Will lost his bid for re-election in the House of Representatives in November but is back in the Legislature thanks to his January 7 vacancy.
“I think it’s a fair trial,” Will said. “I think I’m doing a good job down here and my intentions are good. I’m just here to do stuff for people.”
Will said he always tried to represent everyone in his district, whether he was sent to the Capitol by 19 people or 160,000.
“Once you’re elected, you represent everyone in your district,” he said. You don’t just represent the Democrats. They just don’t represent Republicans. You represent everyone.”
Will told The Sun he plans to run for reelection for his Senate seat in 2024.
Legislators appointed to their seats by the vacancy process can serve in the legislature for up to two years before voters have a chance to comment. This gives them the powerful power of office, and they are almost always re-elected to their positions.
Take Senator Nick Hinrichsen, D-Pueblo, for example. He was appointed to his seat in February 2022, replacing Senate President Leroy Garcia, D-Pueblo, who resigned to accept a position at the Department of Defense. Hinrichsen then won a narrow election in a swing district on November 8th.
There have been few examples of vacant lawmakers failing to win re-election.
State Rep. Judy Reyher, a Republican from southeast Colorado, was elected to a seat in the House of Representatives in 2017 and then lost in the 2018 election. Republican Kurt Huffman was named representative of House District 43 last year after the end of the 2022 legislative session. He never actually served in the legislature before losing by 400 votes to Rep. Bob Marshall, a Democrat from Highlands Ranch, in the November 8 election.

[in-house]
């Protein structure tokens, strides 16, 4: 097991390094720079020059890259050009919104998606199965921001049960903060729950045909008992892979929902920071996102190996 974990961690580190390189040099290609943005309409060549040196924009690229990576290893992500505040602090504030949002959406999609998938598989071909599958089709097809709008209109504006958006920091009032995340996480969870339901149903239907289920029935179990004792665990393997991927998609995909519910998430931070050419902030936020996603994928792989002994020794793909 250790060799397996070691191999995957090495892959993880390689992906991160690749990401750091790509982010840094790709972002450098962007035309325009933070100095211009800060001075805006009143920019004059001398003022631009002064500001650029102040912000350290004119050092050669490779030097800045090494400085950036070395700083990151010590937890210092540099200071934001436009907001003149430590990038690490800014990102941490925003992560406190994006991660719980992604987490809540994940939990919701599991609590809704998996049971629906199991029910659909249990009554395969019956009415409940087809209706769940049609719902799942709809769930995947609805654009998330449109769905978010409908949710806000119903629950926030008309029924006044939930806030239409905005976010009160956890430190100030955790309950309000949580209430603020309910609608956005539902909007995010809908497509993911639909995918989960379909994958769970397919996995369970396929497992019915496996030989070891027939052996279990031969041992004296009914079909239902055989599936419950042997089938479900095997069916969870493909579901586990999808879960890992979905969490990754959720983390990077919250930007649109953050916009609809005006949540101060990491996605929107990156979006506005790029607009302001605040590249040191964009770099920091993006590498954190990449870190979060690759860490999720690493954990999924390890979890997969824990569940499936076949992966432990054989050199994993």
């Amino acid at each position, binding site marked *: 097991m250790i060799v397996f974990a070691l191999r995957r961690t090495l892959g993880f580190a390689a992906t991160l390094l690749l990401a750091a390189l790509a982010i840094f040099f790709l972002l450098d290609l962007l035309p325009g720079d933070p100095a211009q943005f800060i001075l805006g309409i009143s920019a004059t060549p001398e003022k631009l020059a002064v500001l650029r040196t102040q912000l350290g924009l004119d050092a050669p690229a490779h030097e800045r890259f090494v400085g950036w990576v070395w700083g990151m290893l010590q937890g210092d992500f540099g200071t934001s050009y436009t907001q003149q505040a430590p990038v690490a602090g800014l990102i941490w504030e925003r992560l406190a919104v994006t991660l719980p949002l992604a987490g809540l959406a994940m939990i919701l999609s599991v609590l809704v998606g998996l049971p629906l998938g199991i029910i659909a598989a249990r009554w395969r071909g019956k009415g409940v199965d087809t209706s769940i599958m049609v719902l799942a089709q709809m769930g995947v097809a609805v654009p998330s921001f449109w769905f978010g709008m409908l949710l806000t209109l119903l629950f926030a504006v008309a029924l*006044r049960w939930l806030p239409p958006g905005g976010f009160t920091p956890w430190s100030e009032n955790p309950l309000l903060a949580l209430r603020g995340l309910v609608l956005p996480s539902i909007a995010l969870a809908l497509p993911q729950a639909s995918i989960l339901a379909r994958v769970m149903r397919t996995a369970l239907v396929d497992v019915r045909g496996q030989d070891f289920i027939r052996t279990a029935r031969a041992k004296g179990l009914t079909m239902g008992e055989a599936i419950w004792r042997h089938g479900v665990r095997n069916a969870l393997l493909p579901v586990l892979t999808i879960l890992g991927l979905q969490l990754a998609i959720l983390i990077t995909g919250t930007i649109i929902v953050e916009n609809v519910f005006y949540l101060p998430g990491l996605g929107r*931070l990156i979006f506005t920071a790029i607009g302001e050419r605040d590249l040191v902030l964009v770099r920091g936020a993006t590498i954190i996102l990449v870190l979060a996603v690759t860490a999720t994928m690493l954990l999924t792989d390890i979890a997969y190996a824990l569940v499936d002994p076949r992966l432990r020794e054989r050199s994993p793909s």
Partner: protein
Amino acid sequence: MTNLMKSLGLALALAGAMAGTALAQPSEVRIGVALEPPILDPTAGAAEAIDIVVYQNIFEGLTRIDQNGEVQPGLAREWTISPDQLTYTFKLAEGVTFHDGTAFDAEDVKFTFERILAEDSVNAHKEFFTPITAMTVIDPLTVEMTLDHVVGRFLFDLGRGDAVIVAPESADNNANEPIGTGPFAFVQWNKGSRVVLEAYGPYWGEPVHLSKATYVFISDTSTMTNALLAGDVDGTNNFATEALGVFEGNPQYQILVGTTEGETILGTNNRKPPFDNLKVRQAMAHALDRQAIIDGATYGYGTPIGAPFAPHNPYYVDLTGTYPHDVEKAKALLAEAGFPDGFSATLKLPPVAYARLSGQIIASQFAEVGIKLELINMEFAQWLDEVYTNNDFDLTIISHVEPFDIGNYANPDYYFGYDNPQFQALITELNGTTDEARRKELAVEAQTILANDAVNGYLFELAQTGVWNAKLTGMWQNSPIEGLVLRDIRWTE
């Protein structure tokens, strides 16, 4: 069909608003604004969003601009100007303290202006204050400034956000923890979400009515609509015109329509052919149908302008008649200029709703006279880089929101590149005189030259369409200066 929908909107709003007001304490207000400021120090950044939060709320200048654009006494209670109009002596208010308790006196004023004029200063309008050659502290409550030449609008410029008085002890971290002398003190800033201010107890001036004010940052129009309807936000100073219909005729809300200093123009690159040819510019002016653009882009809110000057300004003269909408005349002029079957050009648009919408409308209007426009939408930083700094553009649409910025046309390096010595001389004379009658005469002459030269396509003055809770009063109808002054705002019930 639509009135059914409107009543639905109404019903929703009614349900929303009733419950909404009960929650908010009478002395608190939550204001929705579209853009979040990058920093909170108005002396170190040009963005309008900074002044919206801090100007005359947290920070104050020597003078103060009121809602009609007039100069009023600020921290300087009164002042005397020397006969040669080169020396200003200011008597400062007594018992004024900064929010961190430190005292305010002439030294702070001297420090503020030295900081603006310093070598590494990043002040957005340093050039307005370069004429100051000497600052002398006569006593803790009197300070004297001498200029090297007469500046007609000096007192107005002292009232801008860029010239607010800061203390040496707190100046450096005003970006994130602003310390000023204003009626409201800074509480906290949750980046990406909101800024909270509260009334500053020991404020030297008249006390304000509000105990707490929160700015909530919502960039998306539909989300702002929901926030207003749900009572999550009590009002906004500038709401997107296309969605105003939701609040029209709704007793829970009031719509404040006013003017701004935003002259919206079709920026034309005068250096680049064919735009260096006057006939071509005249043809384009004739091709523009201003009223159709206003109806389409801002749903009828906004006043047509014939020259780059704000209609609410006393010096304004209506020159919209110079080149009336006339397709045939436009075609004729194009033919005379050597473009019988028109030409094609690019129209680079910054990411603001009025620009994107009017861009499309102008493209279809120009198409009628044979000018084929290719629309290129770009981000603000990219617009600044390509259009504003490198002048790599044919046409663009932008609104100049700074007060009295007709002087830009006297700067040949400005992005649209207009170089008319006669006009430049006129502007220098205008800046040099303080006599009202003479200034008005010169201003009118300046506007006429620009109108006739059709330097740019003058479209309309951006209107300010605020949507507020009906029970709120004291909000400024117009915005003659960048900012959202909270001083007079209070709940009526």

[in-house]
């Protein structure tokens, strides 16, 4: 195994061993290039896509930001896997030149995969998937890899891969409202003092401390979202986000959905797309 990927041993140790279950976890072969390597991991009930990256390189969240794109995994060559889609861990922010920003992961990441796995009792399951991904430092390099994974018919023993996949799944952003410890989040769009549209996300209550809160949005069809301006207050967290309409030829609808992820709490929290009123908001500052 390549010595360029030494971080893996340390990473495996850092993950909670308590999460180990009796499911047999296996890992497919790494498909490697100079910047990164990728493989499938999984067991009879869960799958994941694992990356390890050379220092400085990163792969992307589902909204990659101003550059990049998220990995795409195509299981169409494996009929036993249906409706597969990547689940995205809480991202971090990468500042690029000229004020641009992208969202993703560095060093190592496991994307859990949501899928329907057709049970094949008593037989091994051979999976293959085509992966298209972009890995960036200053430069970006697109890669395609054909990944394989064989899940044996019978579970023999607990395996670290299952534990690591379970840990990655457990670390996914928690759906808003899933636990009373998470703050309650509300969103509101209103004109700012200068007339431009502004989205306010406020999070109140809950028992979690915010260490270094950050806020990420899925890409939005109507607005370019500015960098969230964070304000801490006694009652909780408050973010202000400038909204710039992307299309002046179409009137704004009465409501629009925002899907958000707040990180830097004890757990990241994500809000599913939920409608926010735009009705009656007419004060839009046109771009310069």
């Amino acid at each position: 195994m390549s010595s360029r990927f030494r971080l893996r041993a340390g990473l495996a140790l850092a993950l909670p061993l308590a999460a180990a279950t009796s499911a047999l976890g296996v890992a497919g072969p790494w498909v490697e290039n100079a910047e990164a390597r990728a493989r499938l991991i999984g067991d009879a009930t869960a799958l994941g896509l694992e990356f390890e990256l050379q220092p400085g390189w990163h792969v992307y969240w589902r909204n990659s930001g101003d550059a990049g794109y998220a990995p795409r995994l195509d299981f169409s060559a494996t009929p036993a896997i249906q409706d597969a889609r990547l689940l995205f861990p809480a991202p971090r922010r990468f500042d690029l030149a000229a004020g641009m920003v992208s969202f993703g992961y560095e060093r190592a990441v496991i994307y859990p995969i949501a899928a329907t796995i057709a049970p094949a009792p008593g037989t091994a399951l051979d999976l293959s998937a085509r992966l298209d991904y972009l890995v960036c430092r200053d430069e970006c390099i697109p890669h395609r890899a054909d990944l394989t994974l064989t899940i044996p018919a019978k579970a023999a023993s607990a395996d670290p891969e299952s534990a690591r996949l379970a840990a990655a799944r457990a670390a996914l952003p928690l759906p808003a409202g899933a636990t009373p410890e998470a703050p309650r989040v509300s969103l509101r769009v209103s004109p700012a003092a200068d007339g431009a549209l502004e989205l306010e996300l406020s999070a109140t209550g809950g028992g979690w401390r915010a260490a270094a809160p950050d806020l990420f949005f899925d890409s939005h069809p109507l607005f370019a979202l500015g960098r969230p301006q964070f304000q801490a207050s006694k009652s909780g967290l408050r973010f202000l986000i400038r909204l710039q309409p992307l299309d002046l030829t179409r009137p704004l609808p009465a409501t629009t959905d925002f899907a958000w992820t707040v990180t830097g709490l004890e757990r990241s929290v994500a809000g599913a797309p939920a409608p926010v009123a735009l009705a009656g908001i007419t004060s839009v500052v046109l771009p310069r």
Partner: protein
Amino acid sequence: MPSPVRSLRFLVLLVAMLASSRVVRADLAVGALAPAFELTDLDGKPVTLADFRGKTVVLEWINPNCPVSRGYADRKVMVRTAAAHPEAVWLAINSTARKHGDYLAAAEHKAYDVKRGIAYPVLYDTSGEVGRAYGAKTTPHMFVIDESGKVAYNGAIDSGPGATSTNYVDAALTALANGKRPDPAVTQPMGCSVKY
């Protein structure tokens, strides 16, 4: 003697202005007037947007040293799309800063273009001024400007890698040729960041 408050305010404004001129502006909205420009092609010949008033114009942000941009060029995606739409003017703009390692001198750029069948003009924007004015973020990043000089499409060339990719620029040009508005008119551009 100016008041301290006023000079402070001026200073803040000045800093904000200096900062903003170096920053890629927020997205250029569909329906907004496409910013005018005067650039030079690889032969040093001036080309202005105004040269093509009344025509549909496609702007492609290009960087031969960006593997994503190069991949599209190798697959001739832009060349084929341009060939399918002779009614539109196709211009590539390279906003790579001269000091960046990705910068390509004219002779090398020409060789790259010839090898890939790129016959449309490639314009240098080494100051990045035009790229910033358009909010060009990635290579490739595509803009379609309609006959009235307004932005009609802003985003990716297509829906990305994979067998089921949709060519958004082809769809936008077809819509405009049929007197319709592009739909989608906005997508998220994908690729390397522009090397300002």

Arvada Democratic Sen. Rachel Zenzinger was appointed to her seat by a vacancy committee in 2013, but lost her re-election bid in 2014 after serving a year in the Legislature. In 2016 she ran again for the seat and won and was re-elected in 2020. Zenzinger is now chairman of the Joint Budget Committee, the powerful body that drafts the state budget.
Rep. Lorena Garcia, an Adams County Democrat, was appointed to her seat Jan. 4 after former State Rep. Adrienne Benavidez resigned shortly before the start of the 2023 legislative session. Benavidez was re-elected in November before deciding to step down, meaning Garcia will serve a full two-year term before voters in House District 35 can decide whether to represent her.
“The process of posting jobs is terrible,” said Garcia, a community activist who leads the statewide Parents’ Coalition. “It’s just absurd. I felt like I was going through a coronation process.”
Garcia said there were 40 people on the Vacancy Committee who elected her to office. This corresponds to 0.04% of the 89,889 inhabitants of their district.
“It wasn’t an inclusive process,” Garcia said, explaining that most people don’t know who their district organizers are, let alone how to contact them if they want to contribute to the recruitment process.
Only five states use an appointment process for job postings similar to Colorado’s. In the rest of the country, legislative offices are filled by special elections or by appointment by county commissioners or the governor.
Ohio is an exception. In this state, the legislature fills its own vacancies.
“It’s flawed, but it’s the best flawed process we have.” Morgan Carroll, the outgoing chairperson of the Colorado Democratic Party, said of Colorado’s free legislature appointments.
Carroll said the nomination for governor leaves the decision up to one person, as opposed to a group. She also said special elections are problematic because they are costly and favor wealthy candidates.
Additionally, Colorado’s legislative session lasts only 120 days each year. It would be difficult, if not impossible, to facilitate a special election in this time frame.